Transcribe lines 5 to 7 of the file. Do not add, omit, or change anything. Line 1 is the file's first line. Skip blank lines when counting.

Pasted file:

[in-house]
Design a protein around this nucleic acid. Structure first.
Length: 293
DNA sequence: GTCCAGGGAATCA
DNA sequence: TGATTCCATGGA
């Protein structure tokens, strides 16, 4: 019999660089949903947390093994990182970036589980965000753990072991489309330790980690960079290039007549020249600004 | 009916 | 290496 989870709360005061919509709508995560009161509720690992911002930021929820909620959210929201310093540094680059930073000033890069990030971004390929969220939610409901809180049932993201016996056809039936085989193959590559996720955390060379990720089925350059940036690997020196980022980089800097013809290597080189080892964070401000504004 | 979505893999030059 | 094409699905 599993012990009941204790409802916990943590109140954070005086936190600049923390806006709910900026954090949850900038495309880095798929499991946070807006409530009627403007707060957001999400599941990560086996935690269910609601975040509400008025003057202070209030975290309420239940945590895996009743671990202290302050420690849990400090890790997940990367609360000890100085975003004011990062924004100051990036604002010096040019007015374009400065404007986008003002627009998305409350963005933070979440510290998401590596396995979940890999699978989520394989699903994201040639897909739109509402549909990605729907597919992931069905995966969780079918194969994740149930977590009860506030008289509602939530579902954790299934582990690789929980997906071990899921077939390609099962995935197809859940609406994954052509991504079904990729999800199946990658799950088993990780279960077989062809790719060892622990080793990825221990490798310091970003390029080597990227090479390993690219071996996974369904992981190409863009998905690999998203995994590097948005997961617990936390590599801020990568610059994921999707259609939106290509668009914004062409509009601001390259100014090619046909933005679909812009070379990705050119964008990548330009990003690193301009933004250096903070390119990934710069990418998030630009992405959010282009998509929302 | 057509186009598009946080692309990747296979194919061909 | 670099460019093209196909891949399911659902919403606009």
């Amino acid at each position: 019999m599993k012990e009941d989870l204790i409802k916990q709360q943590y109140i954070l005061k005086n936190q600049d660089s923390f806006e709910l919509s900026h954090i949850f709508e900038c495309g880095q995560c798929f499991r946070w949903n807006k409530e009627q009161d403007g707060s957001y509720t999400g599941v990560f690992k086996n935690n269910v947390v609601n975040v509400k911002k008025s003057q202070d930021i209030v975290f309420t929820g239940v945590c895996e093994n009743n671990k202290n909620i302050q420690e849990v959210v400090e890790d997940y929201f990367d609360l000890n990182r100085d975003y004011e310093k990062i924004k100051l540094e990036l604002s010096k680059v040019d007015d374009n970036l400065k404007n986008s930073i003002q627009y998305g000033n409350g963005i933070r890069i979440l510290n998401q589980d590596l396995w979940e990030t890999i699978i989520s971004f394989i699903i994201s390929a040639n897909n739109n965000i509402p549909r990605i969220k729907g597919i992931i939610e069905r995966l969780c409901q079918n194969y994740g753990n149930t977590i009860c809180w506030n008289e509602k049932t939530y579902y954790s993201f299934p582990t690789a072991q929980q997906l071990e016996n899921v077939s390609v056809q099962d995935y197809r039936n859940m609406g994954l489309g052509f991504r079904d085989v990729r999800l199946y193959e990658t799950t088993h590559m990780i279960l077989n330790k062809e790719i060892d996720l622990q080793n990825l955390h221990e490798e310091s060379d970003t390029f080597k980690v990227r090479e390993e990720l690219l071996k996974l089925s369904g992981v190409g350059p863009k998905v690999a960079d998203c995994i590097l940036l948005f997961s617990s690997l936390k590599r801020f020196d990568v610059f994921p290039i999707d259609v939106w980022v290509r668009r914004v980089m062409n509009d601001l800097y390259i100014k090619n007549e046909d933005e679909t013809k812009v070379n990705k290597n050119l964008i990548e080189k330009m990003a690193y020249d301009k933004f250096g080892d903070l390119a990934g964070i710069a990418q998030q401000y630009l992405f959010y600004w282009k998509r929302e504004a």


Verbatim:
DNA sequence: TGATTCCATGGA
């Protein structure tokens, strides 16, 4: 019999660089949903947390093994990182970036589980965000753990072991489309330790980690960079290039007549020249600004 | 009916 | 290496 989870709360005061919509709508995560009161509720690992911002930021929820909620959210929201310093540094680059930073000033890069990030971004390929969220939610409901809180049932993201016996056809039936085989193959590559996720955390060379990720089925350059940036690997020196980022980089800097013809290597080189080892964070401000504004 | 979505893999030059 | 094409699905 599993012990009941204790409802916990943590109140954070005086936190600049923390806006709910900026954090949850900038495309880095798929499991946070807006409530009627403007707060957001999400599941990560086996935690269910609601975040509400008025003057202070209030975290309420239940945590895996009743671990202290302050420690849990400090890790997940990367609360000890100085975003004011990062924004100051990036604002010096040019007015374009400065404007986008003002627009998305409350963005933070979440510290998401590596396995979940890999699978989520394989699903994201040639897909739109509402549909990605729907597919992931069905995966969780079918194969994740149930977590009860506030008289509602939530579902954790299934582990690789929980997906071990899921077939390609099962995935197809859940609406994954052509991504079904990729999800199946990658799950088993990780279960077989062809790719060892622990080793990825221990490798310091970003390029080597990227090479390993690219071996996974369904992981190409863009998905690999998203995994590097948005997961617990936390590599801020990568610059994921999707259609939106290509668009914004062409509009601001390259100014090619046909933005679909812009070379990705050119964008990548330009990003690193301009933004250096903070390119990934710069990418998030630009992405959010282009998509929302 | 057509186009598009946080692309990747296979194919061909 | 670099460019093209196909891949399911659902919403606009």
């Amino acid at each position: 019999m599993k012990e009941d989870l204790i409802k916990q709360q943590y109140i954070l005061k005086n936190q600049d660089s923390f806006e709910l919509s900026h954090i949850f709508e900038c495309g880095q995560c798929f499991r946070w949903n807006k409530e009627q009161d403007g707060s957001y509720t999400g599941v990560f690992k086996n935690n269910v947390v609601n975040v509400k911002k008025s003057q202070d930021i209030v975290f309420t929820g239940v945590c895996e093994n009743n671990k202290n909620i302050q420690e849990v959210v400090e890790d997940y929201f990367d609360l000890n990182r100085d975003y004011e310093k990062i924004k100051l540094e990036l604002s010096k680059v040019d007015d374009n970036l400065k404007n986008s930073i003002q627009y998305g000033n409350g963005i933070r890069i979440l510290n998401q589980d590596l396995w979940e990030t890999i699978i989520s971004f394989i699903i994201s390929a040639n897909n739109n965000i509402p549909r990605i969220k729907g597919i992931i939610e069905r995966l969780c409901q079918n194969y994740g753990n149930t977590i009860c809180w506030n008289e509602k049932t939530y579902y954790s993201f299934p582990t690789a072991q929980q997906l071990e016996n899921v077939s390609v056809q099962d995935y197809r039936n859940m609406g994954l489309g052509f991504r079904d085989v990729r999800l199946y193959e990658t799950t088993h590559m990780i279960l077989n330790k062809e790719i060892d996720l622990q080793n990825l955390h221990e490798e310091s060379d970003t390029f080597k980690v990227r090479e390993e990720l690219l071996k996974l089925s369904g992981v190409g350059p863009k998905v690999a960079d998203c995994i590097l940036l948005f997961s617990s690997l936390k590599r801020f020196d990568v610059f994921p290039i999707d259609v939106w980022v290509r668009r914004v980089m062409n509009d601001l800097y390259i100014k090619n007549e046909d933005e679909t013809k812009v070379n990705k290597n050119l964008i990548e080189k330009m990003a690193y020249d301009k933004f250096g080892d903070l390119a990934g964070i710069a990418q998030q401000y630009l992405f959010y600004w282009k998509r929302e504004a």